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Genome sequencing and assembly of Candidatus Skilesia alterna

posted on 2024-06-11, 05:46 authored by University of Texas at Austin
One of the most prominent examples of obligate symbiosis is the relationship between aphids and their bacterial endosymbiont Buchnera aphidicola (Gammaproteobacteria). Almost all aphids host the anciently acquired symbiont Buchnera, but we find that Geopemphigus species have lost Buchnera and rather contain a maternally transmitted bacterial symbiont from the phylum Bacteroidetes. In this study we characterize this new bacterial endosymbiont by sequencing the complete genome of the novel symbiont and show that the symbiont has lost many ancestral genes, resulting in a genome size intermediate between that of free-living and symbiotic Bacteroidetes species. Many of the genes retained in the Geopemphigus symbiont genome are involved in biosynthetic pathways for amino acids and vitamins, as in Buchnera and other insect symbionts. We use FISH microscopy to localize the Bacteroidetes symbiont of Geopemphigus and show symbionts housed within maternal bacteriocytes and within developing embryos. We propose the name “Candidatus Skilesia alterna” for the novel symbiont, which is evolutionarily distinct from any known bacterial species. This case of evolutionary replacement of Buchnera provides an opportunity to further understand the evolution and functional genomics of symbiosis.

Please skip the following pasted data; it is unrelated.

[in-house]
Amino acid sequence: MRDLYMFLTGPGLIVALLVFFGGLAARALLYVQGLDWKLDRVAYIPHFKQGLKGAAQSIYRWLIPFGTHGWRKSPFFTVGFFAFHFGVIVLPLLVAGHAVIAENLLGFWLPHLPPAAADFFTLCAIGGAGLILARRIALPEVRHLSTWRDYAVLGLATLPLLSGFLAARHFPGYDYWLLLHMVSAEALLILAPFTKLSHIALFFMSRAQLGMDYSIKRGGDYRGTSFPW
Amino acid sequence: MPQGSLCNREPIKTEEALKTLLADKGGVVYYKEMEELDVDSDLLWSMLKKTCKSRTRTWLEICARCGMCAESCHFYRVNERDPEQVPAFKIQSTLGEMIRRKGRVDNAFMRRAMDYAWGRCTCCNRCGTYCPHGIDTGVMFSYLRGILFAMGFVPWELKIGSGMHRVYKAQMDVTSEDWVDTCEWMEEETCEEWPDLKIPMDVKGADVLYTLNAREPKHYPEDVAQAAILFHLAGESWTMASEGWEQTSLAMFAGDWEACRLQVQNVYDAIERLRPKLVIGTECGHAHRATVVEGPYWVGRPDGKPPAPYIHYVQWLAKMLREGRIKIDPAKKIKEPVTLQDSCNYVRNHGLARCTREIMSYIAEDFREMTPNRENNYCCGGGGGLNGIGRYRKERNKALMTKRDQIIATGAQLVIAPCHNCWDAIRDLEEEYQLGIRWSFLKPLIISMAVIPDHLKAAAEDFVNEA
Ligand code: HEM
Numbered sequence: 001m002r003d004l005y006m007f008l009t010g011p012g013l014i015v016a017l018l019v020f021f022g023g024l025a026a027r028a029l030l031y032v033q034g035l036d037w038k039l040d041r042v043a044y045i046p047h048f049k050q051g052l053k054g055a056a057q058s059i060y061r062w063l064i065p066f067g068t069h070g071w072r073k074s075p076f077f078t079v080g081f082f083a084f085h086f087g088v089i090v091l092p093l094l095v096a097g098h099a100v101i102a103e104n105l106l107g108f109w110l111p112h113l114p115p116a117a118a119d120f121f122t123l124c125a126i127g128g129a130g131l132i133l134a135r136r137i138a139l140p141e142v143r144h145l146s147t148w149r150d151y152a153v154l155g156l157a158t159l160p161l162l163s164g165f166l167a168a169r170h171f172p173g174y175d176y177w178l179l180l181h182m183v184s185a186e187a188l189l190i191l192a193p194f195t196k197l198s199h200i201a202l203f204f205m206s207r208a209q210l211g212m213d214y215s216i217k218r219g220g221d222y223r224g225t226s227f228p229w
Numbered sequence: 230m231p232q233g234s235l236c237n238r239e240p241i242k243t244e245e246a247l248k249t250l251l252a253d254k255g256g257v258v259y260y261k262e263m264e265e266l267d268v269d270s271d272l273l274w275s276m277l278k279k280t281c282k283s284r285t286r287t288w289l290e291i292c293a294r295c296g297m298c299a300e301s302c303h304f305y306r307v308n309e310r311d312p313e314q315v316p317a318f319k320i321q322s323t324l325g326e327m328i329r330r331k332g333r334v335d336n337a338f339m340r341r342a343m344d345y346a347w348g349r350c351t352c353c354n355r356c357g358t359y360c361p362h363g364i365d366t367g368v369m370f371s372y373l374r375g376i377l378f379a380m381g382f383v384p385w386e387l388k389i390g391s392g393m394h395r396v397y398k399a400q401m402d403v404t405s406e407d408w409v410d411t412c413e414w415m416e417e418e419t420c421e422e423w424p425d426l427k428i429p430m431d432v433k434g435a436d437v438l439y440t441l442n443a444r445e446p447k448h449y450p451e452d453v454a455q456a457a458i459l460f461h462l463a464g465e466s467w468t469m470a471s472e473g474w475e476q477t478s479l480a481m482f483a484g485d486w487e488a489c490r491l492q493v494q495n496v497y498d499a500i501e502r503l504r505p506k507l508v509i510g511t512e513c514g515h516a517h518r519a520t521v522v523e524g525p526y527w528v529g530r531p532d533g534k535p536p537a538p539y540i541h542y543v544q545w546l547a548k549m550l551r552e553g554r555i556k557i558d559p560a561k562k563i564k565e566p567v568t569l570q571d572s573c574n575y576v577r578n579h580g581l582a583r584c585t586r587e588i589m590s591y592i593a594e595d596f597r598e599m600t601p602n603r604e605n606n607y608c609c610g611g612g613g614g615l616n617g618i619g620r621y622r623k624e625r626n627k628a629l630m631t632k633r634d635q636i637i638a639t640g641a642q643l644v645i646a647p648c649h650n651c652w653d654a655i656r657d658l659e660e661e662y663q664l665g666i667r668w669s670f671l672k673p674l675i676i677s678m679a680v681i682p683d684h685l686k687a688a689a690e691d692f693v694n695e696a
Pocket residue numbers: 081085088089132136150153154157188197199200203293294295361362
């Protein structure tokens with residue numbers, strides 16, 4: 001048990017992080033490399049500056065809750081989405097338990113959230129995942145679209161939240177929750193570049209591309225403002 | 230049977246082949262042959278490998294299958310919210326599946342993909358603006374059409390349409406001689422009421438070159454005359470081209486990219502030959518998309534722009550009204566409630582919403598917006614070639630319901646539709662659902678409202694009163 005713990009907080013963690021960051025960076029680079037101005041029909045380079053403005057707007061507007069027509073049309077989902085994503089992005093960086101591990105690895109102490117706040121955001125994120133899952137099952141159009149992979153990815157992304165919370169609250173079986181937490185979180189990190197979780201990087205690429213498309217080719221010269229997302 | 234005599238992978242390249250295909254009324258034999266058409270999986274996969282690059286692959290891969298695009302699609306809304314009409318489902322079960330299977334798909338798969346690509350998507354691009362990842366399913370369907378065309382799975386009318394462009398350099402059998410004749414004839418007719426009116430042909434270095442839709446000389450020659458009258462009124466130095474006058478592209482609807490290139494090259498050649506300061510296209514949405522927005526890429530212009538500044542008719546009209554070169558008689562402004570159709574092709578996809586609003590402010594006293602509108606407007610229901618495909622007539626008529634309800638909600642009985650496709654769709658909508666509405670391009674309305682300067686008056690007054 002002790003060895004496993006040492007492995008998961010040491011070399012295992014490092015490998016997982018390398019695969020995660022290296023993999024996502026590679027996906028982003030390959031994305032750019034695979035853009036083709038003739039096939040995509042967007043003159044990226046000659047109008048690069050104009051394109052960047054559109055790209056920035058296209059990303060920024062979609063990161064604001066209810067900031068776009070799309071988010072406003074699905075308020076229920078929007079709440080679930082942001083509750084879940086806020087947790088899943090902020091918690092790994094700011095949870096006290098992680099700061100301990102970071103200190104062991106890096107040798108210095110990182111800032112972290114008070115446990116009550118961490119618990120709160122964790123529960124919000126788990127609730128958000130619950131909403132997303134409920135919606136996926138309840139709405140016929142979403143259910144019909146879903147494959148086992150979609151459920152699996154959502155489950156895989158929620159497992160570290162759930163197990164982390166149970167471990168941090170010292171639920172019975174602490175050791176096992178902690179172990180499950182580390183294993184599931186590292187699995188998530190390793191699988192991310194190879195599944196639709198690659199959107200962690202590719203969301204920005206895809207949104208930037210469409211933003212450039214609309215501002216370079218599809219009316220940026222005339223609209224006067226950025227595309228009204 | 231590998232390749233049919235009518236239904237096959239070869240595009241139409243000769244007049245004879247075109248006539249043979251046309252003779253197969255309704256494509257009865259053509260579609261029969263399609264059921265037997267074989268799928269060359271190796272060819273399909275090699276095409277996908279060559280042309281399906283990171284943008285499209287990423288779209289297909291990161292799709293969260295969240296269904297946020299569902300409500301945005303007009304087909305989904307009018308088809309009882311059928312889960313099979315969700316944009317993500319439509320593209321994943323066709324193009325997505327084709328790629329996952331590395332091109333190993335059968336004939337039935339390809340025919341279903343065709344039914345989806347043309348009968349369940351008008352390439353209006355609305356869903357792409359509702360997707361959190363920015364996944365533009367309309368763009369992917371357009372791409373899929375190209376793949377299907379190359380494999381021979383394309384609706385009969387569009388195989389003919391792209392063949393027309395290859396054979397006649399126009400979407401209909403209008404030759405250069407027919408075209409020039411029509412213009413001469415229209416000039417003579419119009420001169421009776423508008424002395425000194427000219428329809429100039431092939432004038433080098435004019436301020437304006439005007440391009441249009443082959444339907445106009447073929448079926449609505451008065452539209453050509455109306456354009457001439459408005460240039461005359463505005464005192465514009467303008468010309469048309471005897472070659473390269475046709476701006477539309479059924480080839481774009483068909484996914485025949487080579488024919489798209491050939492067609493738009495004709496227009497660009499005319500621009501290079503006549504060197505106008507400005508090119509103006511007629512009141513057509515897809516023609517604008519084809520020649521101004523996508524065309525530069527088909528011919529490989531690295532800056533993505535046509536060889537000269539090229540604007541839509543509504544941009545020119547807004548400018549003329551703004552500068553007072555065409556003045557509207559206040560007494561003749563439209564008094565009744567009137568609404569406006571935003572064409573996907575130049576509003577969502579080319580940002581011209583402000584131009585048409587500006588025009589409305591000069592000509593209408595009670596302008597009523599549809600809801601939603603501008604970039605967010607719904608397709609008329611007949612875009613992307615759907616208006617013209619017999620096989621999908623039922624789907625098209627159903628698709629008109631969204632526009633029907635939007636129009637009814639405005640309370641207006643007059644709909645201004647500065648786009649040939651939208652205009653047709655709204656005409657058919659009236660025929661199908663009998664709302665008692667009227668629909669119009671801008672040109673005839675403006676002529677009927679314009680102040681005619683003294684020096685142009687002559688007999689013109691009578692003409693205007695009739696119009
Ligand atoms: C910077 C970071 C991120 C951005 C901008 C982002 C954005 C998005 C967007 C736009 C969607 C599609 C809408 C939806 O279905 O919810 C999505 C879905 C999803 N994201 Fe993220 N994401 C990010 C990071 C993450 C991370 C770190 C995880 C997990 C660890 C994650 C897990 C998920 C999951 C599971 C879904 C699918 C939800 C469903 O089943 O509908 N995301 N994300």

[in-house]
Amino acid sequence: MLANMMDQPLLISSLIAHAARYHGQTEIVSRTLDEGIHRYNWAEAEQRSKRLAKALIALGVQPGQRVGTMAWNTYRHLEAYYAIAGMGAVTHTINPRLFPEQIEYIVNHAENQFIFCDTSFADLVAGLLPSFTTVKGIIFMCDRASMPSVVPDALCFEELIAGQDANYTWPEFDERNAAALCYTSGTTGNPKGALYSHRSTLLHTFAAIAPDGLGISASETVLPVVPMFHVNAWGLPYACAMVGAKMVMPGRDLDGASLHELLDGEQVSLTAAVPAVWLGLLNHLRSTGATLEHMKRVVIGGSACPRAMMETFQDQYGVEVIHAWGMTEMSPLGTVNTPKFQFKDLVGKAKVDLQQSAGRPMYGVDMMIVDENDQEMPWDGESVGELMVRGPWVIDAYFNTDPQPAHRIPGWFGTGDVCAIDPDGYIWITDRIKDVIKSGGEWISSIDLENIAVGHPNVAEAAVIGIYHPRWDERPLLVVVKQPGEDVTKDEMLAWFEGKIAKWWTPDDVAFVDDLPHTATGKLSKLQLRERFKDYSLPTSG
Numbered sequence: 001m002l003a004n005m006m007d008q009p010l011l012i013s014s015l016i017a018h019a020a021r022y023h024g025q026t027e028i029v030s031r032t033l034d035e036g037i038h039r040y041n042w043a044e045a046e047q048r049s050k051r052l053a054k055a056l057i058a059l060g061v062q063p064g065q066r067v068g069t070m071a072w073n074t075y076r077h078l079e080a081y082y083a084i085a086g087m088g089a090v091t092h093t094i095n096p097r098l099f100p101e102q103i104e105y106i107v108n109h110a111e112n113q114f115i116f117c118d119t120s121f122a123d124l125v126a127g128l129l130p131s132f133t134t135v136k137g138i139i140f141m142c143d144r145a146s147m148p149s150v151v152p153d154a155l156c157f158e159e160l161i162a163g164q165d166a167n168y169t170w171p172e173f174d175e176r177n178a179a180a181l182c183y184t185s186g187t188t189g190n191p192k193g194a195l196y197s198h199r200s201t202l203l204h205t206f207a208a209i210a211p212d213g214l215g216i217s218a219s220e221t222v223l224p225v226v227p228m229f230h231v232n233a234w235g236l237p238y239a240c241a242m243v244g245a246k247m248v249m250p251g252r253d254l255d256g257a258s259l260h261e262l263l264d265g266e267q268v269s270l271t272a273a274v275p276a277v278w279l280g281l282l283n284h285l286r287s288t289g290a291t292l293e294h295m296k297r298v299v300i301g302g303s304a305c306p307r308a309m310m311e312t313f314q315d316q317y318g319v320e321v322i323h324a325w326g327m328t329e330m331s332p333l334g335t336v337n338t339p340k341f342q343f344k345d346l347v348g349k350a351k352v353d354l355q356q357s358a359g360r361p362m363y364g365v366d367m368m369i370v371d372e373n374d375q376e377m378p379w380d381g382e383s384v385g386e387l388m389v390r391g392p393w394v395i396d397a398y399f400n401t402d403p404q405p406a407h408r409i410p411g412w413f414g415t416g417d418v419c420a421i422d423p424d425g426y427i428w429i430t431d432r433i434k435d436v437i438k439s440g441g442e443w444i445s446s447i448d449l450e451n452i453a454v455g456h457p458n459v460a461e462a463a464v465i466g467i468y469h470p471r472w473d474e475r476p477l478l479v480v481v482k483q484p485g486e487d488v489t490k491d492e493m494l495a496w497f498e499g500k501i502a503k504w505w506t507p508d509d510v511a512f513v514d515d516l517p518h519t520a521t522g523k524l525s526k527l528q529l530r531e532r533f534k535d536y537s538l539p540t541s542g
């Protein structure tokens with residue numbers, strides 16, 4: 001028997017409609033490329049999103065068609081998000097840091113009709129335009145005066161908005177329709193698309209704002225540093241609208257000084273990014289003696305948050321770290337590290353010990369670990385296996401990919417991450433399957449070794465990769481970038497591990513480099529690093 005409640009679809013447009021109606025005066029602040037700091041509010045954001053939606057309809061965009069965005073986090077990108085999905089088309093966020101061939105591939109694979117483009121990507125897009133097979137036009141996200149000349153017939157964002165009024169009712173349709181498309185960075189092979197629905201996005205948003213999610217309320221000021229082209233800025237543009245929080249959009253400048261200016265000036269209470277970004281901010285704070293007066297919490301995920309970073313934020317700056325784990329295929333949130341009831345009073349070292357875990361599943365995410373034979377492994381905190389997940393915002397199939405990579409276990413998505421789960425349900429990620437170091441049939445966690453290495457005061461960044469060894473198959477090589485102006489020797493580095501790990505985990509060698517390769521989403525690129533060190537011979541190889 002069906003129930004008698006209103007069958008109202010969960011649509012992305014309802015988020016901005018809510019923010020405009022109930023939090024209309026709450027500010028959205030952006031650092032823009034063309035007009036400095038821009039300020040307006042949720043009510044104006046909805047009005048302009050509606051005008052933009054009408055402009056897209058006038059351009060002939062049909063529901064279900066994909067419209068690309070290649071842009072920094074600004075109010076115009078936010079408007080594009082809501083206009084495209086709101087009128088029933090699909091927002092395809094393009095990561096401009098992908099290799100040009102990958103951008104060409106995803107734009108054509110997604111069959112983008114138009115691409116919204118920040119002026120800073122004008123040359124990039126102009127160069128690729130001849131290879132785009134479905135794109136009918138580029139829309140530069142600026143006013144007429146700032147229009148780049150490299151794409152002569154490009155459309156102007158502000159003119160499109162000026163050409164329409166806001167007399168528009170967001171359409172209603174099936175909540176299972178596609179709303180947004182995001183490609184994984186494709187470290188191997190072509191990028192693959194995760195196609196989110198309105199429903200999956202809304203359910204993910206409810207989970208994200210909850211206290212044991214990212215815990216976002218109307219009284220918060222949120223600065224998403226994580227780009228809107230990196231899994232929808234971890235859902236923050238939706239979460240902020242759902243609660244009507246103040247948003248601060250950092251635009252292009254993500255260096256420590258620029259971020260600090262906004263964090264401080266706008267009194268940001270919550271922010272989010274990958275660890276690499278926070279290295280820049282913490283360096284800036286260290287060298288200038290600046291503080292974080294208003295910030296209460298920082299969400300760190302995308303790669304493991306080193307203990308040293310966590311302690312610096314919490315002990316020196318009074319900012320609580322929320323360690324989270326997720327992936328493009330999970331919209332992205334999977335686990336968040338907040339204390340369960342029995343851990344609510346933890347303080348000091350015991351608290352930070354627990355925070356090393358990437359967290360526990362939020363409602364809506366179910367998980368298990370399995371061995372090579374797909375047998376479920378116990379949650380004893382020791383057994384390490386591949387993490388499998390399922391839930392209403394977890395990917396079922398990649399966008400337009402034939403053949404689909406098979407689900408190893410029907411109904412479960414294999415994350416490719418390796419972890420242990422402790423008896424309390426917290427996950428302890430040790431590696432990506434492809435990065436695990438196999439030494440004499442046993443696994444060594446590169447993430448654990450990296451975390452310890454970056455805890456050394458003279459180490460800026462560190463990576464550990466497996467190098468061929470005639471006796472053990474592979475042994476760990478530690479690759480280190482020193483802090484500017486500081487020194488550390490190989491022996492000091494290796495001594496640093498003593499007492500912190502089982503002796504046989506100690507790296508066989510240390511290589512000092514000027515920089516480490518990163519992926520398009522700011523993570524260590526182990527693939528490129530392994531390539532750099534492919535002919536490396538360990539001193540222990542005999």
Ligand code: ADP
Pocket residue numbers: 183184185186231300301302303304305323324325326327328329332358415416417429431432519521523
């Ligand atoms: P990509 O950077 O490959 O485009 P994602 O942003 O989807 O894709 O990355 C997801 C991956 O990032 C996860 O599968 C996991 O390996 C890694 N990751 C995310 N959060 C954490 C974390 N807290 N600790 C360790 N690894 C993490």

National Science Foundation, 1551092

U.S. Department of Agriculture, 2016-67012-24676


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BioProject Curation Staff


National Center for Biotechnology Information

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  • Non-geospatial

ISO Topic Category

  • biota

National Agricultural Library Thesaurus terms

genomics; sequence analysis; genome assembly

Pending citation

  • No

Public Access Level

  • Public

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It is recommended to cite the accession numbers that are assigned to data submissions, e.g. the GenBank, WGS or SRA accession numbers. If individual BioProjects need to be referenced, state that "The data have been deposited with links to BioProject accession number PRJNA414766 in the NCBI BioProject database ("

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